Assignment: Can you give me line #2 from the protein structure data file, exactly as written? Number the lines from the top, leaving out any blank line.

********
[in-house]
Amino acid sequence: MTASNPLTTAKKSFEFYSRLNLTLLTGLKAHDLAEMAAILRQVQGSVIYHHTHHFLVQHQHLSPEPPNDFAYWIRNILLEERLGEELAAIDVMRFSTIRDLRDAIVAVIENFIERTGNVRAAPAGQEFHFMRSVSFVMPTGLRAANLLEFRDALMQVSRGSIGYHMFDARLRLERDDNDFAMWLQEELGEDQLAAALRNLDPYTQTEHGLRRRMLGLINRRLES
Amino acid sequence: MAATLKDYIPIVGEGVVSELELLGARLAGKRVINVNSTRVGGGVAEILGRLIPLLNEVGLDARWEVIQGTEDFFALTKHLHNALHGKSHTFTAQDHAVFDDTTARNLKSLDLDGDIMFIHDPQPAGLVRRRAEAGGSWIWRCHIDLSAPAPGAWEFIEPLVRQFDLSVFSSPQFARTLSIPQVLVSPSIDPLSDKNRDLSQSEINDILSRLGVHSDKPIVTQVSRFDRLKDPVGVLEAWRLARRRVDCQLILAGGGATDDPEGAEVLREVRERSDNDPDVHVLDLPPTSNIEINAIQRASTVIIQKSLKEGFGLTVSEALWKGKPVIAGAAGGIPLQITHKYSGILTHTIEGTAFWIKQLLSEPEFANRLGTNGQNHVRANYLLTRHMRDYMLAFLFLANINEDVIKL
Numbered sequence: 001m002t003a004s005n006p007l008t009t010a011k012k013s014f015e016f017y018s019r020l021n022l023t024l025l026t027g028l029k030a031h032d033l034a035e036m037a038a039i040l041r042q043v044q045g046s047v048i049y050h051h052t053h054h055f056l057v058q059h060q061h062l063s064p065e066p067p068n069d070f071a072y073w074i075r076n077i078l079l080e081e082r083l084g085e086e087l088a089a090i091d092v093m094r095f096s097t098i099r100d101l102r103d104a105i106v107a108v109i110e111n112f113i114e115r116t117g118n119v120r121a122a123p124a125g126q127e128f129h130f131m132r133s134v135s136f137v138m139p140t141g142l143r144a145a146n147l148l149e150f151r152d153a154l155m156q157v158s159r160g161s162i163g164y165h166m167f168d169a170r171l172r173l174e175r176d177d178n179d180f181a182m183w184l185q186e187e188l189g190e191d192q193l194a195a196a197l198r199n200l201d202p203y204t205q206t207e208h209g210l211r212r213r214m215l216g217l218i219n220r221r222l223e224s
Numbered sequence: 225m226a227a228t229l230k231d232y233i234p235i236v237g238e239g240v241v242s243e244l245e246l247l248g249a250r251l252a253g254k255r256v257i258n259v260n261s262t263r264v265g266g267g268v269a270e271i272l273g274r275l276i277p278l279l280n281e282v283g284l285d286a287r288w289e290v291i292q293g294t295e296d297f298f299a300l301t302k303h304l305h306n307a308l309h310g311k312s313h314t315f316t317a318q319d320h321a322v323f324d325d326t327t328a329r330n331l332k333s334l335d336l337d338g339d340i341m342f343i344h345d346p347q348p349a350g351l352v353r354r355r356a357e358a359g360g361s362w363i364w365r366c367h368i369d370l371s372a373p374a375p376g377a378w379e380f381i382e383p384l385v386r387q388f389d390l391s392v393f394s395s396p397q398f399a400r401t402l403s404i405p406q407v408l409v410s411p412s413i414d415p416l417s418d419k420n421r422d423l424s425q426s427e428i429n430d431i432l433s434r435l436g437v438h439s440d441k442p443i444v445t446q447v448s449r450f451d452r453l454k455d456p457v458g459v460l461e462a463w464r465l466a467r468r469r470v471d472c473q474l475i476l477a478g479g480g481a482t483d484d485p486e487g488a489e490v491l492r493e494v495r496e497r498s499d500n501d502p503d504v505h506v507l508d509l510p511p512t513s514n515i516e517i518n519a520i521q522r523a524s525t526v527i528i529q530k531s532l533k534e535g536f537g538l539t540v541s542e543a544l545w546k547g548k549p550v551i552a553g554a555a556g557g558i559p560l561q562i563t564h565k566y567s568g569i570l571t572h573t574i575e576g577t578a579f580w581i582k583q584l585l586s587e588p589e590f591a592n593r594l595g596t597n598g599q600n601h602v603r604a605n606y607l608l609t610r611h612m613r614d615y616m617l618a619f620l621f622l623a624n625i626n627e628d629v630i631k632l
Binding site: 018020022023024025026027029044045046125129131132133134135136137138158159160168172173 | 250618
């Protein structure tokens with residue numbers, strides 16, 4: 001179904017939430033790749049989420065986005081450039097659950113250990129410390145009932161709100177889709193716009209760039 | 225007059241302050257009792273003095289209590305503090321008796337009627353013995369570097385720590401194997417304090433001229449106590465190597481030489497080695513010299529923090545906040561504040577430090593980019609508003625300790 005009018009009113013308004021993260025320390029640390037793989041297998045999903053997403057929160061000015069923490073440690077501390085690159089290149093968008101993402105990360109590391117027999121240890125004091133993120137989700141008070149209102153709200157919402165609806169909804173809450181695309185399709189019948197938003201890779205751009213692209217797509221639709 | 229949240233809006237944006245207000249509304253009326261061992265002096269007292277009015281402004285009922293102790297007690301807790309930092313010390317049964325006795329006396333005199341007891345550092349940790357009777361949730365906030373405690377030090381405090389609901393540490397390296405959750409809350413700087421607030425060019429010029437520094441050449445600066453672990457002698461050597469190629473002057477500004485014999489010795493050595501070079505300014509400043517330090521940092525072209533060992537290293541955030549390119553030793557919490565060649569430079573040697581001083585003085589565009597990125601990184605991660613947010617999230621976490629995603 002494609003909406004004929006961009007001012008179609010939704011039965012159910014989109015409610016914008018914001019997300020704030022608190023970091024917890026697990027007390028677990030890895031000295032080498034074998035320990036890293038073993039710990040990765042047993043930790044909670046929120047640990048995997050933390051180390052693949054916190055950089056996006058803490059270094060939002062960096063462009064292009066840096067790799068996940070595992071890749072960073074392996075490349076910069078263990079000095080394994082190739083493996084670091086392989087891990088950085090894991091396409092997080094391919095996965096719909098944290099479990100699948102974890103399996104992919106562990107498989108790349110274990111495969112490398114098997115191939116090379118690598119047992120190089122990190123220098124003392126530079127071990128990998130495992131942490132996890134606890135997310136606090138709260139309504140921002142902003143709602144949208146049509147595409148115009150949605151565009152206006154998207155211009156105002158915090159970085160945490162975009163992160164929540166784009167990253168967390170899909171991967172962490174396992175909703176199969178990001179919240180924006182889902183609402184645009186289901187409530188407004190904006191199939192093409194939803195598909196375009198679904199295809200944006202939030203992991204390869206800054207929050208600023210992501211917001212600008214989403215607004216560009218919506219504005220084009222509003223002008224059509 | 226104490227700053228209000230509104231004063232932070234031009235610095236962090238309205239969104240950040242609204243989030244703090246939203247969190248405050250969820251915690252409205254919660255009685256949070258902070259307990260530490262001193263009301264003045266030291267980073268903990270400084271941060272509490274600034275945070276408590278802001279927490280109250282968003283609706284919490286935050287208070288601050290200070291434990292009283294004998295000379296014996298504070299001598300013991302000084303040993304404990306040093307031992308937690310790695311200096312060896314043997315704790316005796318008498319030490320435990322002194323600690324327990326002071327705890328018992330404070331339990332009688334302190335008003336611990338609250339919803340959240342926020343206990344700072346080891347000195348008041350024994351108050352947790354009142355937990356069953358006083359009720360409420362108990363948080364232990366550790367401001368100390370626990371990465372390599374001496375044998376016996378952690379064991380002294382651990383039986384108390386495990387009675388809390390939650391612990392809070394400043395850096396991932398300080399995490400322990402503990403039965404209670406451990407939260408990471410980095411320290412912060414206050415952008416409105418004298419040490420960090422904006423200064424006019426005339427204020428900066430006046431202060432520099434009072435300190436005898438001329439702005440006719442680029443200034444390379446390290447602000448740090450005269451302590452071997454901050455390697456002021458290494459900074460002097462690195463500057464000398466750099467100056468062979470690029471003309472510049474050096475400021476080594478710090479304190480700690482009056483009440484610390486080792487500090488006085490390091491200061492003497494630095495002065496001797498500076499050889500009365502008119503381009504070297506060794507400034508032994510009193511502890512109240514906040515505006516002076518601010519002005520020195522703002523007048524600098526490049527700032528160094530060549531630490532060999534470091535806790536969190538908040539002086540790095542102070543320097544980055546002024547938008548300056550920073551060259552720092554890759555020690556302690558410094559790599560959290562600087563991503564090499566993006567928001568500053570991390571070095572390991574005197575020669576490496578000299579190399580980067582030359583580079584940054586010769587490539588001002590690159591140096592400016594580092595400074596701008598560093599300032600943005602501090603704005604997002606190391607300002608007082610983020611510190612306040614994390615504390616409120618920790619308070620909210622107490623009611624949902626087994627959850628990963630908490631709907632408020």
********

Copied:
Amino acid sequence: MTASNPLTTAKKSFEFYSRLNLTLLTGLKAHDLAEMAAILRQVQGSVIYHHTHHFLVQHQHLSPEPPNDFAYWIRNILLEERLGEELAAIDVMRFSTIRDLRDAIVAVIENFIERTGNVRAAPAGQEFHFMRSVSFVMPTGLRAANLLEFRDALMQVSRGSIGYHMFDARLRLERDDNDFAMWLQEELGEDQLAAALRNLDPYTQTEHGLRRRMLGLINRRLES